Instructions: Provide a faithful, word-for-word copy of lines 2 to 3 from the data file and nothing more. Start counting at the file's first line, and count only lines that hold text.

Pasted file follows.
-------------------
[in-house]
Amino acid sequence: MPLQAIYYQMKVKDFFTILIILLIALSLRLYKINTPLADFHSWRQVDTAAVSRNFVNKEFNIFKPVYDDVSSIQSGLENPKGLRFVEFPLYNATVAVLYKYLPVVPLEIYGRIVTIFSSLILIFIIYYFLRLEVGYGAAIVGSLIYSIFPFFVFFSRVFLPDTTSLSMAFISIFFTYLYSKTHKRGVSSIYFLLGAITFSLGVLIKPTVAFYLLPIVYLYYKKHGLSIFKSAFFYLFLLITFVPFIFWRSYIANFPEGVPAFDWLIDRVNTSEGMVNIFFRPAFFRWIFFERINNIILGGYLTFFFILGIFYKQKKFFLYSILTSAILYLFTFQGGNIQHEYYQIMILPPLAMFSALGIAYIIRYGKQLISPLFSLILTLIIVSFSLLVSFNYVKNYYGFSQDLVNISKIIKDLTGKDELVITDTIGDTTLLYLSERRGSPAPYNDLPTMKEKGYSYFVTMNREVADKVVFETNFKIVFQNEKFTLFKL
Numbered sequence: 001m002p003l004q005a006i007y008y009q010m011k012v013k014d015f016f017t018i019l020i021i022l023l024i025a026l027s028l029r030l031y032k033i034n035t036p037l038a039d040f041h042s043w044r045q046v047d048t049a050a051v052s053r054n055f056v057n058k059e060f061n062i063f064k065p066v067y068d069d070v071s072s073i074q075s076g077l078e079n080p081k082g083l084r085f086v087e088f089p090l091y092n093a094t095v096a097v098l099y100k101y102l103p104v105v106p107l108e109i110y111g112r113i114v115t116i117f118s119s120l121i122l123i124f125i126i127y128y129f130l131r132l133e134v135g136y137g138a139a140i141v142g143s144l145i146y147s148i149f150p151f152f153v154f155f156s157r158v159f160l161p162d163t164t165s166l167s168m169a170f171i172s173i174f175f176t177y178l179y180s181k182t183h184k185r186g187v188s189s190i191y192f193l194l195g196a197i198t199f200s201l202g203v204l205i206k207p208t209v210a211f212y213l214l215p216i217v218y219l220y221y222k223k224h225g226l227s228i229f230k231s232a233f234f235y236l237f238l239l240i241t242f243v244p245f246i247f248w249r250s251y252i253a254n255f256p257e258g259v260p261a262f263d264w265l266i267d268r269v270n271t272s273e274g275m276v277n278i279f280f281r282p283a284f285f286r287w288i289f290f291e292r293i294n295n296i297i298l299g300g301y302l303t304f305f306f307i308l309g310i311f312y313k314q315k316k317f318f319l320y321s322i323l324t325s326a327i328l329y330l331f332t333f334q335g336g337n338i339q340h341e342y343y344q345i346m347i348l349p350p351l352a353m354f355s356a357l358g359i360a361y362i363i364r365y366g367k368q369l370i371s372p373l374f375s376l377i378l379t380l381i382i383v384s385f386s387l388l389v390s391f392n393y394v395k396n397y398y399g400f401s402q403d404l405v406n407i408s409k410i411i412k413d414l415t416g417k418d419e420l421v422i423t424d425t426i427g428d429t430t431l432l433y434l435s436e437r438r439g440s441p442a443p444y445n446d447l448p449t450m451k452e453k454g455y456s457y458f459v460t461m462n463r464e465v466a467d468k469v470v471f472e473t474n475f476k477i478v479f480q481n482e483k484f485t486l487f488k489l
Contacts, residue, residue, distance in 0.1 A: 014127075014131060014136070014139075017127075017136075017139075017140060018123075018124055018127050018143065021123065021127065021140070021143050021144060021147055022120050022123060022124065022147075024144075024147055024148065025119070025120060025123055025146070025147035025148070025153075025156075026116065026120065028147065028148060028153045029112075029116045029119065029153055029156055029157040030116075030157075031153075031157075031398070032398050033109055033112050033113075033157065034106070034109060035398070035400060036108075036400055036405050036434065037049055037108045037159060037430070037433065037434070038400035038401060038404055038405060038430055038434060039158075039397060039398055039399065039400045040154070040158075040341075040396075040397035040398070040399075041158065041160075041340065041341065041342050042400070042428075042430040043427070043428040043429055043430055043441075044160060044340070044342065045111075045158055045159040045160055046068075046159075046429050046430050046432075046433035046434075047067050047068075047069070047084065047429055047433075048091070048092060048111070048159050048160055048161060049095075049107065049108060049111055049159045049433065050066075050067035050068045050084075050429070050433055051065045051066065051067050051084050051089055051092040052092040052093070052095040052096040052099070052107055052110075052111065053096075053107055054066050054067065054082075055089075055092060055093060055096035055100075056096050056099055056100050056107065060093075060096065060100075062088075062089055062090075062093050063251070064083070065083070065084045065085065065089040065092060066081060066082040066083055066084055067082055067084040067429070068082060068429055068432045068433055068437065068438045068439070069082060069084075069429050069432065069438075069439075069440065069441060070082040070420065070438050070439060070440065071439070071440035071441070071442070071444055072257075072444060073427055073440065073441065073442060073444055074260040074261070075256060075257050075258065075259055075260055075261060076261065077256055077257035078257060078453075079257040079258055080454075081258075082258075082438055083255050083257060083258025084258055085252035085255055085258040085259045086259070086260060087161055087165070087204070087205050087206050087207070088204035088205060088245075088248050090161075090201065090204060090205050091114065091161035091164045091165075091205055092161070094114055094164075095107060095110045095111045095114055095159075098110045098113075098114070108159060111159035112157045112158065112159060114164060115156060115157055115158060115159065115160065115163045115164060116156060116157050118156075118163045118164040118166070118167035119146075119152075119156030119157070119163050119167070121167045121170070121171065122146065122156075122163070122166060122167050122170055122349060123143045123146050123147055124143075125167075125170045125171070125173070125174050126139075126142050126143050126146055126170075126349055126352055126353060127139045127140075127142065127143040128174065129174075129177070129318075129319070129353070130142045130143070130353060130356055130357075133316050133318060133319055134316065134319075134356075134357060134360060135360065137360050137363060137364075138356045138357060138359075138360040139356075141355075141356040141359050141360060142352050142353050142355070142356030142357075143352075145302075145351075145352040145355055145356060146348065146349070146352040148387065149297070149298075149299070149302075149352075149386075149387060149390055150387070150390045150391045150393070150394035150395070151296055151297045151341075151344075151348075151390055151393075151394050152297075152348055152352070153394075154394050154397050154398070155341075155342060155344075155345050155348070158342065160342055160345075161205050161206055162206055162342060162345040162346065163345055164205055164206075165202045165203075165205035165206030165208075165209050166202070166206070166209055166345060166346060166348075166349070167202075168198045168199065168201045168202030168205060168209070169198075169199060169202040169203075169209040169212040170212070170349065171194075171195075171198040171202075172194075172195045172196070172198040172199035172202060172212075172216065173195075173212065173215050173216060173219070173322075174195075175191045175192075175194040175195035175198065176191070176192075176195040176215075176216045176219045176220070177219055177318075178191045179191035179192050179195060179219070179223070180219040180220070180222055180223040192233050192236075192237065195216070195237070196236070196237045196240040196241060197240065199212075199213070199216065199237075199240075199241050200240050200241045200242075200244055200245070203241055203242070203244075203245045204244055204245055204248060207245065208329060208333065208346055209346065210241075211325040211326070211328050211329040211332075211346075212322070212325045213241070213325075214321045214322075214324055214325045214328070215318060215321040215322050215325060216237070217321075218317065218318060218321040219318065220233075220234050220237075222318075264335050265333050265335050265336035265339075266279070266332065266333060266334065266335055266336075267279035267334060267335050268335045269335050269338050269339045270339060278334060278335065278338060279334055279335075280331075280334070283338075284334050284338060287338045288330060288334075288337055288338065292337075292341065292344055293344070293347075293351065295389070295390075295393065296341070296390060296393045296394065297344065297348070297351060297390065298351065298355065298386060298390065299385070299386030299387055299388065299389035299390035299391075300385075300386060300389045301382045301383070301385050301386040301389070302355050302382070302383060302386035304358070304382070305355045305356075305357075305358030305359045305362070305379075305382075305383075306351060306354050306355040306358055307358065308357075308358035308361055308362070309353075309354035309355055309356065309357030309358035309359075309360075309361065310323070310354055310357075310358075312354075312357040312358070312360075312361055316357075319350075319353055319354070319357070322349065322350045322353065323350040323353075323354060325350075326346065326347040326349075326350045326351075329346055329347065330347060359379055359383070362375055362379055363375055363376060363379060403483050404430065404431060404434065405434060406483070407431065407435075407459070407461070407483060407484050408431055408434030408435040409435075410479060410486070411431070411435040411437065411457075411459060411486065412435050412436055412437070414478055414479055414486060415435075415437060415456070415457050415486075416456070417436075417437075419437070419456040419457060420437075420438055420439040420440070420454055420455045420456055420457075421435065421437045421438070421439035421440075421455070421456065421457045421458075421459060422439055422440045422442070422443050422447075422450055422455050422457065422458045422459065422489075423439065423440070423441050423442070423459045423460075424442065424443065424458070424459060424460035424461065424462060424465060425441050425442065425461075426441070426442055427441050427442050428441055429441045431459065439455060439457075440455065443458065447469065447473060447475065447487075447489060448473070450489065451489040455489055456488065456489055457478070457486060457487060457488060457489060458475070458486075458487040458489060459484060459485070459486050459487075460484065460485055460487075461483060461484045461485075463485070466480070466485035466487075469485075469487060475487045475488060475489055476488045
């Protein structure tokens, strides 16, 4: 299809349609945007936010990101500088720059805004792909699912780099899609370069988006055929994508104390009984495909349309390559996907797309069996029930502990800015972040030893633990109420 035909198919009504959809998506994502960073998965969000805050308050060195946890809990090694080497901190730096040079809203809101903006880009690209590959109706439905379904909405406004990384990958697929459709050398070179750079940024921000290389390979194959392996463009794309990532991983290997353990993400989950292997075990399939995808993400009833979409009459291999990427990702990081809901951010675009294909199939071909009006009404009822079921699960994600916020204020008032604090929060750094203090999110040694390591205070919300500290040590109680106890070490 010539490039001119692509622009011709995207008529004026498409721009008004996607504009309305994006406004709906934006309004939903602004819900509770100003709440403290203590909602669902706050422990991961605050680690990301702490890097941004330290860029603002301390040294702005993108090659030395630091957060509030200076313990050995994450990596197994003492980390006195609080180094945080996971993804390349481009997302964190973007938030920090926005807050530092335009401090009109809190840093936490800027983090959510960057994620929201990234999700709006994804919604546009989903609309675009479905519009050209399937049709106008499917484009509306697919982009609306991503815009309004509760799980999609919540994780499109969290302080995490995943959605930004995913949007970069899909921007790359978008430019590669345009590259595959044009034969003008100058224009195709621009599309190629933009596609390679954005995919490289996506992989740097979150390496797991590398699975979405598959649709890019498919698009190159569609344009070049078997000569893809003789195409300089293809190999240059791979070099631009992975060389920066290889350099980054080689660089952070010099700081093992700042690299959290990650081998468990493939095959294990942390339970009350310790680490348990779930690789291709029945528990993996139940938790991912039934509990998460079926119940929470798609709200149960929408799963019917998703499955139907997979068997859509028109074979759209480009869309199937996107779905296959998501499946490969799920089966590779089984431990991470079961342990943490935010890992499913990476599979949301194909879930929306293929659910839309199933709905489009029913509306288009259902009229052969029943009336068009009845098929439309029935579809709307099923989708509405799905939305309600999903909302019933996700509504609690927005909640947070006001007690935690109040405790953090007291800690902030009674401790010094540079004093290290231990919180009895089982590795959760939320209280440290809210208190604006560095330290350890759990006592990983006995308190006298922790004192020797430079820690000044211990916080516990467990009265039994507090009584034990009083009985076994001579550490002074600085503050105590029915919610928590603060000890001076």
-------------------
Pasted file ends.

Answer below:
Amino acid sequence: MPLQAIYYQMKVKDFFTILIILLIALSLRLYKINTPLADFHSWRQVDTAAVSRNFVNKEFNIFKPVYDDVSSIQSGLENPKGLRFVEFPLYNATVAVLYKYLPVVPLEIYGRIVTIFSSLILIFIIYYFLRLEVGYGAAIVGSLIYSIFPFFVFFSRVFLPDTTSLSMAFISIFFTYLYSKTHKRGVSSIYFLLGAITFSLGVLIKPTVAFYLLPIVYLYYKKHGLSIFKSAFFYLFLLITFVPFIFWRSYIANFPEGVPAFDWLIDRVNTSEGMVNIFFRPAFFRWIFFERINNIILGGYLTFFFILGIFYKQKKFFLYSILTSAILYLFTFQGGNIQHEYYQIMILPPLAMFSALGIAYIIRYGKQLISPLFSLILTLIIVSFSLLVSFNYVKNYYGFSQDLVNISKIIKDLTGKDELVITDTIGDTTLLYLSERRGSPAPYNDLPTMKEKGYSYFVTMNREVADKVVFETNFKIVFQNEKFTLFKL
Numbered sequence: 001m002p003l004q005a006i007y008y009q010m011k012v013k014d015f016f017t018i019l020i021i022l023l024i025a026l027s028l029r030l031y032k033i034n035t036p037l038a039d040f041h042s043w044r045q046v047d048t049a050a051v052s053r054n055f056v057n058k059e060f061n062i063f064k065p066v067y068d069d070v071s072s073i074q075s076g077l078e079n080p081k082g083l084r085f086v087e088f089p090l091y092n093a094t095v096a097v098l099y100k101y102l103p104v105v106p107l108e109i110y111g112r113i114v115t116i117f118s119s120l121i122l123i124f125i126i127y128y129f130l131r132l133e134v135g136y137g138a139a140i141v142g143s144l145i146y147s148i149f150p151f152f153v154f155f156s157r158v159f160l161p162d163t164t165s166l167s168m169a170f171i172s173i174f175f176t177y178l179y180s181k182t183h184k185r186g187v188s189s190i191y192f193l194l195g196a197i198t199f200s201l202g203v204l205i206k207p208t209v210a211f212y213l214l215p216i217v218y219l220y221y222k223k224h225g226l227s228i229f230k231s232a233f234f235y236l237f238l239l240i241t242f243v244p245f246i247f248w249r250s251y252i253a254n255f256p257e258g259v260p261a262f263d264w265l266i267d268r269v270n271t272s273e274g275m276v277n278i279f280f281r282p283a284f285f286r287w288i289f290f291e292r293i294n295n296i297i298l299g300g301y302l303t304f305f306f307i308l309g310i311f312y313k314q315k316k317f318f319l320y321s322i323l324t325s326a327i328l329y330l331f332t333f334q335g336g337n338i339q340h341e342y343y344q345i346m347i348l349p350p351l352a353m354f355s356a357l358g359i360a361y362i363i364r365y366g367k368q369l370i371s372p373l374f375s376l377i378l379t380l381i382i383v384s385f386s387l388l389v390s391f392n393y394v395k396n397y398y399g400f401s402q403d404l405v406n407i408s409k410i411i412k413d414l415t416g417k418d419e420l421v422i423t424d425t426i427g428d429t430t431l432l433y434l435s436e437r438r439g440s441p442a443p444y445n446d447l448p449t450m451k452e453k454g455y456s457y458f459v460t461m462n463r464e465v466a467d468k469v470v471f472e473t474n475f476k477i478v479f480q481n482e483k484f485t486l487f488k489l